The spaceship MMO Star Citizen has now received over 457 million euros in “donations” that should be used to complete the game. But now a game tester at the Texas studio is complaining about the lousy pay and treatment of employees. Especially now that the home office rules are expiring and it’s back to the office. Many of his colleagues are forced to move back in with their parents. Given the rising cost of living, they could no longer afford their own apartment in Texas with the salary.
How much money has Star Citizen made so far?
- The counter at Star Citizen is now at 482,598,383 US dollars, which is just over 457 million euros (via RSI).
- For comparison, the video game Cyberpunk 2077, which took 10 years to develop, cost less than half that at $174 million (via xfire).
- After the project’s relatively humble beginnings, revenue has exploded when Star Citizen began selling virtual spaceships. Income has again increased considerably at a high level, especially since the pandemic year 2020.
Despite all the money and the many years of development time, there is still no clear release window when Star Citizen will appear. However, the project is also extremely ambitious and wants to set new standards in many respects.
According to studio boss Chris Roberts, the Covid-related shift in work to the home office has contributed to the release of planned features being delayed.
The latest pack in Star Citizen will cost more than €35,000 – Still no release date
Star Citizen wants all employees to return to the office
An employee now complains about this: The former employee at Star Citizen, Kiplan Case, is now speaking on the career platform LinkedIn. He worked full time in QA at Cloud Imperium Games in Austin, Texas for 6 months. His job was to find bugs in the game, document them and forward them to the programmers.
According to the tester, however, he has now been fired because he refused to return to the office and “stand up for his employees”. He has been able to work from home for the past few months, but Cloud Imperium Games has now removed their Covid protection order. Even employees with vulnerable family members or people who are vulnerable themselves would only have received a short extension of the home office time and would now have to return to the office.
Case had apparently opposed this. He also complains:
Austin, Texas is the 16th most expensive place to live in the US. The cost of living is rising here. Many of us have to drive more than 90 kilometers to get to the office and the prices for gas are not so nice right now.
A lot of my colleagues have already been evicted from their homes because of rising rents. They are forced to live with their parents again.
No one working in the fastest growing media industry, video games, should ever find themselves unable to afford a home.
Case encourages everyone to think about how their company treats them.
We dealt with the difficult combination of crowdfunding and MMOs in detail in a podcast on MeinMMO:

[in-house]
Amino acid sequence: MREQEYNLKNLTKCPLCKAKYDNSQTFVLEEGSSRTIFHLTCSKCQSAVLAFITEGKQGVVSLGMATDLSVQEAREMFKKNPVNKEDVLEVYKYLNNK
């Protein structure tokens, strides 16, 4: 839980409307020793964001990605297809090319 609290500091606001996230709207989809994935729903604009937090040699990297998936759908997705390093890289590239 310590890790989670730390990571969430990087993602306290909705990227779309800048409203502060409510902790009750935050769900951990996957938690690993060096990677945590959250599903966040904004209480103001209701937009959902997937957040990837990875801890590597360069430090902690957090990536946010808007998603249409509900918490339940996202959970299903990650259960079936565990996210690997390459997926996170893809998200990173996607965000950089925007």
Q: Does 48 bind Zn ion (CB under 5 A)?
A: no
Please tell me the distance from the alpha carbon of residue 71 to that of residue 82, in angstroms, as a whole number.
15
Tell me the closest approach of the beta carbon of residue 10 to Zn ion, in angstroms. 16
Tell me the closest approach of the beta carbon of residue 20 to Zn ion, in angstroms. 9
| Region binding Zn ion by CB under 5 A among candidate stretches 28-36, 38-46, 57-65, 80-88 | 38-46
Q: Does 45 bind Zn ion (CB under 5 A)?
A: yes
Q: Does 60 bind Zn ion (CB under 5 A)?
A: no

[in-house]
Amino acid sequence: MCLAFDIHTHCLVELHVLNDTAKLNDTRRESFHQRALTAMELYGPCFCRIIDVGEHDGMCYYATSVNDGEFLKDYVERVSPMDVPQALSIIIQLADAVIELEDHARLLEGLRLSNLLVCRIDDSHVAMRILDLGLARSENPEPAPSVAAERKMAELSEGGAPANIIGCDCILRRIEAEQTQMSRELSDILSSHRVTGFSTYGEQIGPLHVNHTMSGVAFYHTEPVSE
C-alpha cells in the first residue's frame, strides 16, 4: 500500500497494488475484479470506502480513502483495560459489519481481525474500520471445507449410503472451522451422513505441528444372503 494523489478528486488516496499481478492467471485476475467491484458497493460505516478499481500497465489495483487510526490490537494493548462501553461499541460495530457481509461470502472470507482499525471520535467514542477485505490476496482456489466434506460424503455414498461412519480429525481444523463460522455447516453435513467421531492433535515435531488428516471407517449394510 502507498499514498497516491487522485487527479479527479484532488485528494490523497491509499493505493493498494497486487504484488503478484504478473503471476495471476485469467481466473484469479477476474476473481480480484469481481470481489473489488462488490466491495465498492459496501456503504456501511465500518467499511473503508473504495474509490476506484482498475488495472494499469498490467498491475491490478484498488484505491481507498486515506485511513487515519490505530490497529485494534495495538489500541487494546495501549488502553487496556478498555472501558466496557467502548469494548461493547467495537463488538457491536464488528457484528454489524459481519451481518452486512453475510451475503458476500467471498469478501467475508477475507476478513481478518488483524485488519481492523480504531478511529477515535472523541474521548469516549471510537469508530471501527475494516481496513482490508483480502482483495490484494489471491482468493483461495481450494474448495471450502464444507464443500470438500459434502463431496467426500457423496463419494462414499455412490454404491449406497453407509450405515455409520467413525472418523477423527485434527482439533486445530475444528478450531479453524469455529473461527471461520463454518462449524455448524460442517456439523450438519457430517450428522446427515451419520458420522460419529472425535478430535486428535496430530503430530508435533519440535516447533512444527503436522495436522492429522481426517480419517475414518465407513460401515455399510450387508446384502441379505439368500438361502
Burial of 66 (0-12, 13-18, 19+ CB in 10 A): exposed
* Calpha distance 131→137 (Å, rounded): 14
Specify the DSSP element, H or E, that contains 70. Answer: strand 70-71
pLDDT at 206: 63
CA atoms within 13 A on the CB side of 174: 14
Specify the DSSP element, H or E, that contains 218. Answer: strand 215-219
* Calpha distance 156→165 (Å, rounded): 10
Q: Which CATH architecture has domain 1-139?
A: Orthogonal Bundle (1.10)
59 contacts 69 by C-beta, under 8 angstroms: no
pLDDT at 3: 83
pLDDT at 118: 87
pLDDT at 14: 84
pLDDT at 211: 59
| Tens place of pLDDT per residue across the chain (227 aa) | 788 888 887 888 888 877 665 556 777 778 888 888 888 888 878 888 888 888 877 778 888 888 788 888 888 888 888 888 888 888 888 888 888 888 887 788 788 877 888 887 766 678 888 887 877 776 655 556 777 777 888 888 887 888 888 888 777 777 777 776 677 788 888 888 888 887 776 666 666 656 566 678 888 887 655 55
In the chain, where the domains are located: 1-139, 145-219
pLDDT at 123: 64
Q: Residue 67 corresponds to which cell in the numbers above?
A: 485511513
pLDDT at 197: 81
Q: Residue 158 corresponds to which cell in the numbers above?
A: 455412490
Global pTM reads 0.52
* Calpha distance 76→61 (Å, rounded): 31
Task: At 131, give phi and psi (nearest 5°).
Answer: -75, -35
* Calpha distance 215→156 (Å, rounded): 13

Much sympathy for employees and the difficult financial situation
This is how it is discussed: Case’s post drew a lot of attention on Linkedin. The abolition of the option to work from home is obviously a concern for many in the gaming industry – especially now that the prices of everyday life are rising to hostile dimensions for many people in the USA:
- There is a general lack of understanding as to why Quality Assurance would have to work in the office again. They could do their job from home, say members of the gaming industry.
- Others argue that many gaming studios have indeed switched to “remote” work.
- “Quality assurance” in particular is known to be very badly paid anyway. Therefore, the obligation to return to the office is particularly difficult for them. They only have a few compensation rules that absorb the additional burden of travel costs.
On the other hand, Linkedin makes fun of Star Citizen. In the comments of MassivleyOp it says:
- “I can’t imagine what it’s like to work in Quality Assurance at Star Citizen and report the same bugs over and over again for 10 years.”
- “So the company that’s been deferring a game for 10 years and is known for having an uber-publisher and uber-designer at the helm is also creating a toxic work environment? Who would have thought that.”
“Home office or office?” is a big topic in gaming right now
This is behind it: It’s not a problem specific to Star Citizen that moving away from “working from home” hurts especially now, when gas prices are so high. It’s a problem that all companies are grappling with right now that are insisting that employees “come back to the office.” And at least a partial return to the office for many companies, because they have recognized that working from home is above all causes problems in the “idea finding” phase because there is no informal exchange during work breaks and “short distances”.
However, as the site Gamesindustry.biz writes, many developers they spoke to were not planning a full return to the office like before the pandemic. The genie is out of the bottle. Many developers are apparently looking for partial solutions, such as 2 days of home office a week.
The case of the QA employee at Star Citizen seems to be an extreme case: Because the situation at Star Citizen is aggravated by the fact that the cost of living in the Austin region has exploded due to real estate speculation.
Traditionally, “QA” testers are also at the bottom of the food chain in the video game industry, where they are generally not paid that much because they expect the employees to be enthusiastic about “video games”.
We are dealing with the effects of the pandemic on Star Citizen here on MeinMMO:
Star Citizen brings new updates noticeably slower, but collects more and more players and money